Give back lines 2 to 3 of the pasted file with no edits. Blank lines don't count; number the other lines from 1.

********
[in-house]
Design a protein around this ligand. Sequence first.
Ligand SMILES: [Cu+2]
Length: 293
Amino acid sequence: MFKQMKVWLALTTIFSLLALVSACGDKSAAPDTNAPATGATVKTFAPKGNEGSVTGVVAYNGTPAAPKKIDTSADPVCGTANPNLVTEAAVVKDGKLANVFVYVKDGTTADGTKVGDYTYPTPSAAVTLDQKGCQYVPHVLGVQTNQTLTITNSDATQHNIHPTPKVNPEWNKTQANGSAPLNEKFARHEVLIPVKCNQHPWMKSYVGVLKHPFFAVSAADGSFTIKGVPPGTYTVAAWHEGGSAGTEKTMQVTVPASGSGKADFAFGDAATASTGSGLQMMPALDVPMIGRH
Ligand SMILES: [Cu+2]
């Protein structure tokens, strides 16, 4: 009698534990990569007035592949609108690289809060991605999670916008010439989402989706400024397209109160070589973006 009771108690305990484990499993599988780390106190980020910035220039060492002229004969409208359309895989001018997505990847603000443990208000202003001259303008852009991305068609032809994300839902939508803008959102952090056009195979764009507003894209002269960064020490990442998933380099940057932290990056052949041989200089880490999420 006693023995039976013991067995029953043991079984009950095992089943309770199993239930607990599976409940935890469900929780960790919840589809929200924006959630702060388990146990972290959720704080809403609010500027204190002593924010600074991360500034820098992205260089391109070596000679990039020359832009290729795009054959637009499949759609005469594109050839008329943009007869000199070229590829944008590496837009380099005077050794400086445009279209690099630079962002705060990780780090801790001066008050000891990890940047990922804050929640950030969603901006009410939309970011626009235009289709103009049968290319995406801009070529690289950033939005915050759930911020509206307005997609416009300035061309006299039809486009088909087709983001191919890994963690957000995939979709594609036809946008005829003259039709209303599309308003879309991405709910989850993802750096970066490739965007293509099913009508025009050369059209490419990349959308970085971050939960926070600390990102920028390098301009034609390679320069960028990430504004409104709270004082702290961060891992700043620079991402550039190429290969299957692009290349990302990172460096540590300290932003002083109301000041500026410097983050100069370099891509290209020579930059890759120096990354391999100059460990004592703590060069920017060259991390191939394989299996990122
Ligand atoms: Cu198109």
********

Design a protein around this ligand. Sequence first.
Ligand SMILES: [Cu+2]